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Username: jbond
Date/Time: Wed, April 12, 2000 at 2:39 PM GMT
Browser: Microsoft Internet Explorer V5.0 using Windows 95
Score: 5
Subject: ICAN's fallacy on new TLD names


        In its argument to create new TLDs, ICANN correctly states that .com names are increasingly hard to register and that they are changing hands at inflated prices in the aftermarket. While this is true, new TLDs will NOT solve this problem.  Speculators will not only register names from the new pool of TLDs, but speculators will register them at a much faster rate than .com names are presently being registered. We already see most every usable word already registered/reserved under the .web TLD, even though .web TLD is not yet active. I strongly suspect ICANN is underestimating just how quickly speculators are willing to register a new TLD name. Within a very short amount of time, all of the new TLDs will become very crowded (as are .com's and .net's), and should a TLD "catch on" in the public's eye, we'll see that TLD become as crowded as .com. These facts completely undermine's ICANN's argument for creating new TLDs.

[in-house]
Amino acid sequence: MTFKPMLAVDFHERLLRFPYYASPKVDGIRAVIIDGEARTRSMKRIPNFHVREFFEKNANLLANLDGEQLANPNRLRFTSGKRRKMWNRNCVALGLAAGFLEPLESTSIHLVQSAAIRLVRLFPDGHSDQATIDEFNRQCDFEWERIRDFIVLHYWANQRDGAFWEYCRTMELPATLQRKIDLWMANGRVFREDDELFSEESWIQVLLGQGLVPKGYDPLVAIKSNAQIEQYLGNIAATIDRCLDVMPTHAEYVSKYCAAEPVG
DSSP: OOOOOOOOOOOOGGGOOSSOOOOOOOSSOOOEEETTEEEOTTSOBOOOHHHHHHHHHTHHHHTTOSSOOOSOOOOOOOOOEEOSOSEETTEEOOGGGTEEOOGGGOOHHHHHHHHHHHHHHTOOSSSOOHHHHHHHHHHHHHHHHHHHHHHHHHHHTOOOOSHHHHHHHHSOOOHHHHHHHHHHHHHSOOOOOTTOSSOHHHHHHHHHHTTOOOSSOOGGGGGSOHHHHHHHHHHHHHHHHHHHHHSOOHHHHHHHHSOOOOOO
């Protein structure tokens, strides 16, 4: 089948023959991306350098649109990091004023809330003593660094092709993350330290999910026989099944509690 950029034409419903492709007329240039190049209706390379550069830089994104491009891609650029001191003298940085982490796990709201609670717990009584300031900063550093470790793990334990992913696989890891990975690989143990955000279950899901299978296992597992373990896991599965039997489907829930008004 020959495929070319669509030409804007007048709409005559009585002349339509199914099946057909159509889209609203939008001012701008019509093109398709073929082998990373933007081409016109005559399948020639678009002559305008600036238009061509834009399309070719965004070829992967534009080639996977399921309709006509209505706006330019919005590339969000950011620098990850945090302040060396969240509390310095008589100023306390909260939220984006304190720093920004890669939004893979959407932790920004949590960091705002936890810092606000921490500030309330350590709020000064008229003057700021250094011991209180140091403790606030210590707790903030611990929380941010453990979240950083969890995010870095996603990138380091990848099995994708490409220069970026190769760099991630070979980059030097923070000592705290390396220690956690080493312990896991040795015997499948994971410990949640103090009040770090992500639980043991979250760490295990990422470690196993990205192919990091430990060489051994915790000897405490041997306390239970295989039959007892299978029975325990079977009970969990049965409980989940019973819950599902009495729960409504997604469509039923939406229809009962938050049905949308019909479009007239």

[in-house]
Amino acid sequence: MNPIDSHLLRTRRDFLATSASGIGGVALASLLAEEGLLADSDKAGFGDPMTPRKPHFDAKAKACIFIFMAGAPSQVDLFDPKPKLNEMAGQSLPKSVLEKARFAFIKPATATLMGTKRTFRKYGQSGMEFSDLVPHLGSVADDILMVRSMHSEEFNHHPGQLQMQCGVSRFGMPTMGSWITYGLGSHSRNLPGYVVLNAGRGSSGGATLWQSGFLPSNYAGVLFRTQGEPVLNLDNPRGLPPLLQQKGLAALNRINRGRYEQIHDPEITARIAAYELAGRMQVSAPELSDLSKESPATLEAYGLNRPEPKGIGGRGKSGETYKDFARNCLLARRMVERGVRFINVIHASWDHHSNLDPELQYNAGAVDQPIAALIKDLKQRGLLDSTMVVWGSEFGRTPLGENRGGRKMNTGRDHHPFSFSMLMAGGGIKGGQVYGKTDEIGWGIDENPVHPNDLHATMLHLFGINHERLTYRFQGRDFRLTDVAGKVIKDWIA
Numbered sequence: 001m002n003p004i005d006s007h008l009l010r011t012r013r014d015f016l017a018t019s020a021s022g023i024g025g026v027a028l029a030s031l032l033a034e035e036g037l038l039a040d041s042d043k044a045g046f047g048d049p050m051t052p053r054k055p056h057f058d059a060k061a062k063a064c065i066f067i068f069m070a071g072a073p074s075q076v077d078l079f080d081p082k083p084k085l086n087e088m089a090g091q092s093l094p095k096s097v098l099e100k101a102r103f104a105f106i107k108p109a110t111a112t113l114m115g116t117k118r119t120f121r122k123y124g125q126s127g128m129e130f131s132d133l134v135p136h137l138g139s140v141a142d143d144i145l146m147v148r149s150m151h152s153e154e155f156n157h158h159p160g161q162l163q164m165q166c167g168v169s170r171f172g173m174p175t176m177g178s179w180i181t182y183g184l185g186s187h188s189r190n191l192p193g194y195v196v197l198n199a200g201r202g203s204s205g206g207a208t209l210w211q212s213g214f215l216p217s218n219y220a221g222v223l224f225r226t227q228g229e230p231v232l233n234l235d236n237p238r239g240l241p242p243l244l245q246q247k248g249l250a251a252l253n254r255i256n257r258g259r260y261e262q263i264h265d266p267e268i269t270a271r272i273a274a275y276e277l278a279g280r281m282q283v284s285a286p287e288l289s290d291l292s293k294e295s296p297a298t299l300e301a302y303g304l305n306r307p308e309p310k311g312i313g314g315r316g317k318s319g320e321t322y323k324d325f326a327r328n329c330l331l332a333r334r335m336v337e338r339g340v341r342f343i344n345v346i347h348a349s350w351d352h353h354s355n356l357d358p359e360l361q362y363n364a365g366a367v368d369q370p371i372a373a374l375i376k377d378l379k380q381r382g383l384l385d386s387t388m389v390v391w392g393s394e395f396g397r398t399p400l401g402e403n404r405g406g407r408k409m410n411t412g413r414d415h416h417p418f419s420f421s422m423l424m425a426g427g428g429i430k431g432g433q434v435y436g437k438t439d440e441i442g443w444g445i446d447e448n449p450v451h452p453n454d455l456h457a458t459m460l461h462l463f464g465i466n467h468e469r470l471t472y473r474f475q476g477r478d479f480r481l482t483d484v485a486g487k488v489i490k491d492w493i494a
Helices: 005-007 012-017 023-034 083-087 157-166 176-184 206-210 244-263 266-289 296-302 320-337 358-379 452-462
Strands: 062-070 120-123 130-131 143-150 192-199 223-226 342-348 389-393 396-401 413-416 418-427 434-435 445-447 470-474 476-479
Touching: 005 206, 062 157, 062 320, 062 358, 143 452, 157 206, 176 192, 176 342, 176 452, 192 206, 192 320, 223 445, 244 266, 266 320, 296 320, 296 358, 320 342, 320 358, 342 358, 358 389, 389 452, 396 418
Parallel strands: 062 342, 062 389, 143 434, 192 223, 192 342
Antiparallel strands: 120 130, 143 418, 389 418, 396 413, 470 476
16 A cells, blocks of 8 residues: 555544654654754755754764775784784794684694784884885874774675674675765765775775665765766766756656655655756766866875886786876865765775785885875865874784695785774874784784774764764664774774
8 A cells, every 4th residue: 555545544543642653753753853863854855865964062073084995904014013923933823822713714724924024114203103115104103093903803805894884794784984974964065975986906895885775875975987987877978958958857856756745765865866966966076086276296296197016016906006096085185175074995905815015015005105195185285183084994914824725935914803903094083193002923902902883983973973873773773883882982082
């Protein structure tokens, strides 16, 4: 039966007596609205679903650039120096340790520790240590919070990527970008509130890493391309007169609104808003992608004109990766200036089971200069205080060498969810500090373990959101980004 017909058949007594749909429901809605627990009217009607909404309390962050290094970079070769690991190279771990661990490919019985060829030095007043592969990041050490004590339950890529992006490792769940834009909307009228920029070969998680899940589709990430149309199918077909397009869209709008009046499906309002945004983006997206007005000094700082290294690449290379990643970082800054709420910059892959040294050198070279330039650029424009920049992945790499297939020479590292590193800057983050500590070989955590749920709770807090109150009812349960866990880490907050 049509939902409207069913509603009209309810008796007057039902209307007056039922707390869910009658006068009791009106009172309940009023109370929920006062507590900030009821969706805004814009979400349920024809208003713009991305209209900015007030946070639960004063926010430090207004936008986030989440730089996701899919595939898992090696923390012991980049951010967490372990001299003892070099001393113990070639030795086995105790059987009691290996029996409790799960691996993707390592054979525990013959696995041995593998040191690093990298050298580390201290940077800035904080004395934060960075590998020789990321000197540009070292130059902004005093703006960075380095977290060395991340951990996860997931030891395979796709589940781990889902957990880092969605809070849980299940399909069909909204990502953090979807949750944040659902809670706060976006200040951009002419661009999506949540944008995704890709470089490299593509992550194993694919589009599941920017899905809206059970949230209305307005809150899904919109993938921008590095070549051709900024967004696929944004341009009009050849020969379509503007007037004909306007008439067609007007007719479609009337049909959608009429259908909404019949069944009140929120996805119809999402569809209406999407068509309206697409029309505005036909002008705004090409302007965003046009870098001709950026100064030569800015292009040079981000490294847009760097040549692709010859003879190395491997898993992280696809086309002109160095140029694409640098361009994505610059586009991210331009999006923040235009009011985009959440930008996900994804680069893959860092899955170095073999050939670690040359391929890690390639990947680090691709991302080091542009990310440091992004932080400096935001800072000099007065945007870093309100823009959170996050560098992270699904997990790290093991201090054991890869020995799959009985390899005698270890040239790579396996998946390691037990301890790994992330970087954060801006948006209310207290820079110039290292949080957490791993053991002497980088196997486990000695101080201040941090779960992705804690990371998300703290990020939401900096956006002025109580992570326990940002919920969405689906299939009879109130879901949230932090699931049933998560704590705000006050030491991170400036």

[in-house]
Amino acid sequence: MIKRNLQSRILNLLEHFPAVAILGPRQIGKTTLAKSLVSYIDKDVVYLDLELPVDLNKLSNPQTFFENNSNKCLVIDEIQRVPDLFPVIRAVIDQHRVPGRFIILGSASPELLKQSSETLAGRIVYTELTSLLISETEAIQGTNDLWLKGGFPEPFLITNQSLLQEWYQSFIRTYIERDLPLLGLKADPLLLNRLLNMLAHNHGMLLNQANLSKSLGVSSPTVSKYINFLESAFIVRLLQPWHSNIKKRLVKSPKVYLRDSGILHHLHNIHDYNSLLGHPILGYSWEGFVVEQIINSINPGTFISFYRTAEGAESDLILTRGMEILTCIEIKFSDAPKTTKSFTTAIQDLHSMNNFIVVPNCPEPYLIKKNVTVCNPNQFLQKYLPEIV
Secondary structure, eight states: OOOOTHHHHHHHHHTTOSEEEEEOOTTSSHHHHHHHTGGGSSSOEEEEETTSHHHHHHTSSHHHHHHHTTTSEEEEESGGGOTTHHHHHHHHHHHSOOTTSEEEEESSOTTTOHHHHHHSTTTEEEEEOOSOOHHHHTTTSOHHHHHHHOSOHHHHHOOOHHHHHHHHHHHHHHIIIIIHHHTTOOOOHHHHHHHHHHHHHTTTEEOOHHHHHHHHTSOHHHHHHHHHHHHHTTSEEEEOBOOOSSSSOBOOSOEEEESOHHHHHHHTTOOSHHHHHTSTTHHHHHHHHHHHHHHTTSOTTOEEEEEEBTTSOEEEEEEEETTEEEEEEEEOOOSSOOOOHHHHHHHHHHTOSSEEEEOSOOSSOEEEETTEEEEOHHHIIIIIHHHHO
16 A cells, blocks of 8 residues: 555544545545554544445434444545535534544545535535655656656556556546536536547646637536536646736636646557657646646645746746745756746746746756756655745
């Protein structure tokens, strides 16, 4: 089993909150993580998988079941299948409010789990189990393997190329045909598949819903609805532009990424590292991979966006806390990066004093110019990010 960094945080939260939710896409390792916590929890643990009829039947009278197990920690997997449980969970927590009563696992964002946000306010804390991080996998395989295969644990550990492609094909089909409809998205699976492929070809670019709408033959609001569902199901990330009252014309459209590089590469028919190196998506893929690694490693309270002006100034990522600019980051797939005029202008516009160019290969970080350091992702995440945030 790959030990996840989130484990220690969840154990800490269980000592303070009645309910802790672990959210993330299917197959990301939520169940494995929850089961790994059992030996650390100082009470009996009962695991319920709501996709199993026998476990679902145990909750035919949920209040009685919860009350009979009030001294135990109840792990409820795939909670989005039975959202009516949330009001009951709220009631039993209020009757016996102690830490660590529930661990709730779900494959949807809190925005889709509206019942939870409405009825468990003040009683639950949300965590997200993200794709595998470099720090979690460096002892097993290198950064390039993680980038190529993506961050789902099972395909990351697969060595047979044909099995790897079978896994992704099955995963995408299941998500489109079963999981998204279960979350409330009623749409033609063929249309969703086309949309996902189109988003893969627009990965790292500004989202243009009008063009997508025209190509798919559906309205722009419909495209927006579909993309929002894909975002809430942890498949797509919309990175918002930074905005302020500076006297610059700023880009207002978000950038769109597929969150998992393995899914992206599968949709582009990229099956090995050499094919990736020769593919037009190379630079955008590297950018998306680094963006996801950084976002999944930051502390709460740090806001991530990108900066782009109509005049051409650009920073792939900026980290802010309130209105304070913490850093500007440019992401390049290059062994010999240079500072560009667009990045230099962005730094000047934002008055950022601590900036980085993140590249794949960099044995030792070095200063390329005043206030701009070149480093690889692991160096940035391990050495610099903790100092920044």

That having been said, there ARE certain things the new TLDs will accomplish.  The new TLDs will pour millions of new dollars into the coffers of registrars, primarily from speculators, and yes, from corporations as well. The new registration fees also may or may not assist ICANN with this finanical issues.

In closing, I do not have an issue with creating new TLDs.  I just believe ICANN should provide solid arguments and evidence for doing so. The speculator issue aside (since new TLDs will not solve speculator problems), I am yet to see any ICANN evidence that justifies the creation of new TLDs (except money).

Josh Bond


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